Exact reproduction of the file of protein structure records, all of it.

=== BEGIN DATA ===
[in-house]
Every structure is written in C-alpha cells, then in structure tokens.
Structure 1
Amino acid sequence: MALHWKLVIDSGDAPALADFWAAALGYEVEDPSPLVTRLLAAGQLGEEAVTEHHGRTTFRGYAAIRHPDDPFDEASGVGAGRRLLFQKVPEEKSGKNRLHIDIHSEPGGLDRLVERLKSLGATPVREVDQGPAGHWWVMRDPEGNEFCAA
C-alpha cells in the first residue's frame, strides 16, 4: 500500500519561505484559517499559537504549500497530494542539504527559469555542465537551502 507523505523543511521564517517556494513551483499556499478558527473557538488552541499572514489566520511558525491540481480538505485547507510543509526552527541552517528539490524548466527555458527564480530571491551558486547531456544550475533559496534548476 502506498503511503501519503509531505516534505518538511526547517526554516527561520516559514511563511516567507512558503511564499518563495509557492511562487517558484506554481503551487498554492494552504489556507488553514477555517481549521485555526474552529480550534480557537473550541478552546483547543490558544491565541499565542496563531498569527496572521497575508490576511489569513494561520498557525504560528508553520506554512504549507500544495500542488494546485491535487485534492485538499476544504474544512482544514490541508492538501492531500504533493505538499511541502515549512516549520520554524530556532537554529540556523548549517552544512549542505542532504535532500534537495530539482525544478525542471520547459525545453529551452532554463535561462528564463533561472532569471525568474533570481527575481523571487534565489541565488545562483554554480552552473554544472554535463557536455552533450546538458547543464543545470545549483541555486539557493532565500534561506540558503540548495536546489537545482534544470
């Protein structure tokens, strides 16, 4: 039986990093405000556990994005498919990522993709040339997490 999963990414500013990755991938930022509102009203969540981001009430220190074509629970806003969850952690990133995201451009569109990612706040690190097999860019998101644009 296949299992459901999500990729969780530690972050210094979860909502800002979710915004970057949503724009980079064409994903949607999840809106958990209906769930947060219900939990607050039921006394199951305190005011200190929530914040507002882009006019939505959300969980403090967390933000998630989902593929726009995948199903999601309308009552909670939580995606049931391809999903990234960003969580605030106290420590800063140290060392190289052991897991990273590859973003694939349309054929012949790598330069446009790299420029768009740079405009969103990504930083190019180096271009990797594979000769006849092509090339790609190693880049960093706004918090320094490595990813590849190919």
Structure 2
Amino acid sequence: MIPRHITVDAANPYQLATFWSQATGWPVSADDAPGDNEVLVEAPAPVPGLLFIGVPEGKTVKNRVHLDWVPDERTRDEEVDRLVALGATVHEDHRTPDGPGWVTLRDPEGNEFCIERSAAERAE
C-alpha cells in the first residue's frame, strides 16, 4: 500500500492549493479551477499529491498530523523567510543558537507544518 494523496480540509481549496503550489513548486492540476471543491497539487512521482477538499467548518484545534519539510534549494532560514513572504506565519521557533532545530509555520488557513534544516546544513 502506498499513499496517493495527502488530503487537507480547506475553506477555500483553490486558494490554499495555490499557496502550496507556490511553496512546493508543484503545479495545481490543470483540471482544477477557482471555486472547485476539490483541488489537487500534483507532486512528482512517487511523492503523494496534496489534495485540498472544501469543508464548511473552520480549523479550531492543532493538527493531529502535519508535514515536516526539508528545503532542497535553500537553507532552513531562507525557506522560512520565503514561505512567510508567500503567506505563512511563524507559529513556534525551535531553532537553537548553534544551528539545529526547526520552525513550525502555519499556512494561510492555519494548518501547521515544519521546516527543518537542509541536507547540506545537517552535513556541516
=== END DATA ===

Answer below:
[in-house]
Every structure is written in C-alpha cells, then in structure tokens.
Structure 1
Amino acid sequence: MALHWKLVIDSGDAPALADFWAAALGYEVEDPSPLVTRLLAAGQLGEEAVTEHHGRTTFRGYAAIRHPDDPFDEASGVGAGRRLLFQKVPEEKSGKNRLHIDIHSEPGGLDRLVERLKSLGATPVREVDQGPAGHWWVMRDPEGNEFCAA
C-alpha cells in the first residue's frame, strides 16, 4: 500500500519561505484559517499559537504549500497530494542539504527559469555542465537551502 507523505523543511521564517517556494513551483499556499478558527473557538488552541499572514489566520511558525491540481480538505485547507510543509526552527541552517528539490524548466527555458527564480530571491551558486547531456544550475533559496534548476 502506498503511503501519503509531505516534505518538511526547517526554516527561520516559514511563511516567507512558503511564499518563495509557492511562487517558484506554481503551487498554492494552504489556507488553514477555517481549521485555526474552529480550534480557537473550541478552546483547543490558544491565541499565542496563531498569527496572521497575508490576511489569513494561520498557525504560528508553520506554512504549507500544495500542488494546485491535487485534492485538499476544504474544512482544514490541508492538501492531500504533493505538499511541502515549512516549520520554524530556532537554529540556523548549517552544512549542505542532504535532500534537495530539482525544478525542471520547459525545453529551452532554463535561462528564463533561472532569471525568474533570481527575481523571487534565489541565488545562483554554480552552473554544472554535463557536455552533450546538458547543464543545470545549483541555486539557493532565500534561506540558503540548495536546489537545482534544470
């Protein structure tokens, strides 16, 4: 039986990093405000556990994005498919990522993709040339997490 999963990414500013990755991938930022509102009203969540981001009430220190074509629970806003969850952690990133995201451009569109990612706040690190097999860019998101644009 296949299992459901999500990729969780530690972050210094979860909502800002979710915004970057949503724009980079064409994903949607999840809106958990209906769930947060219900939990607050039921006394199951305190005011200190929530914040507002882009006019939505959300969980403090967390933000998630989902593929726009995948199903999601309308009552909670939580995606049931391809999903990234960003969580605030106290420590800063140290060392190289052991897991990273590859973003694939349309054929012949790598330069446009790299420029768009740079405009969103990504930083190019180096271009990797594979000769006849092509090339790609190693880049960093706004918090320094490595990813590849190919």
Structure 2
Amino acid sequence: MIPRHITVDAANPYQLATFWSQATGWPVSADDAPGDNEVLVEAPAPVPGLLFIGVPEGKTVKNRVHLDWVPDERTRDEEVDRLVALGATVHEDHRTPDGPGWVTLRDPEGNEFCIERSAAERAE
C-alpha cells in the first residue's frame, strides 16, 4: 500500500492549493479551477499529491498530523523567510543558537507544518 494523496480540509481549496503550489513548486492540476471543491497539487512521482477538499467548518484545534519539510534549494532560514513572504506565519521557533532545530509555520488557513534544516546544513 502506498499513499496517493495527502488530503487537507480547506475553506477555500483553490486558494490554499495555490499557496502550496507556490511553496512546493508543484503545479495545481490543470483540471482544477477557482471555486472547485476539490483541488489537487500534483507532486512528482512517487511523492503523494496534496489534495485540498472544501469543508464548511473552520480549523479550531492543532493538527493531529502535519508535514515536516526539508528545503532542497535553500537553507532552513531562507525557506522560512520565503514561505512567510508567500503567506505563512511563524507559529513556534525551535531553532537553537548553534544551528539545529526547526520552525513550525502555519499556512494561510492555519494548518501547521515544519521546516527543518537542509541536507547540506545537517552535513556541516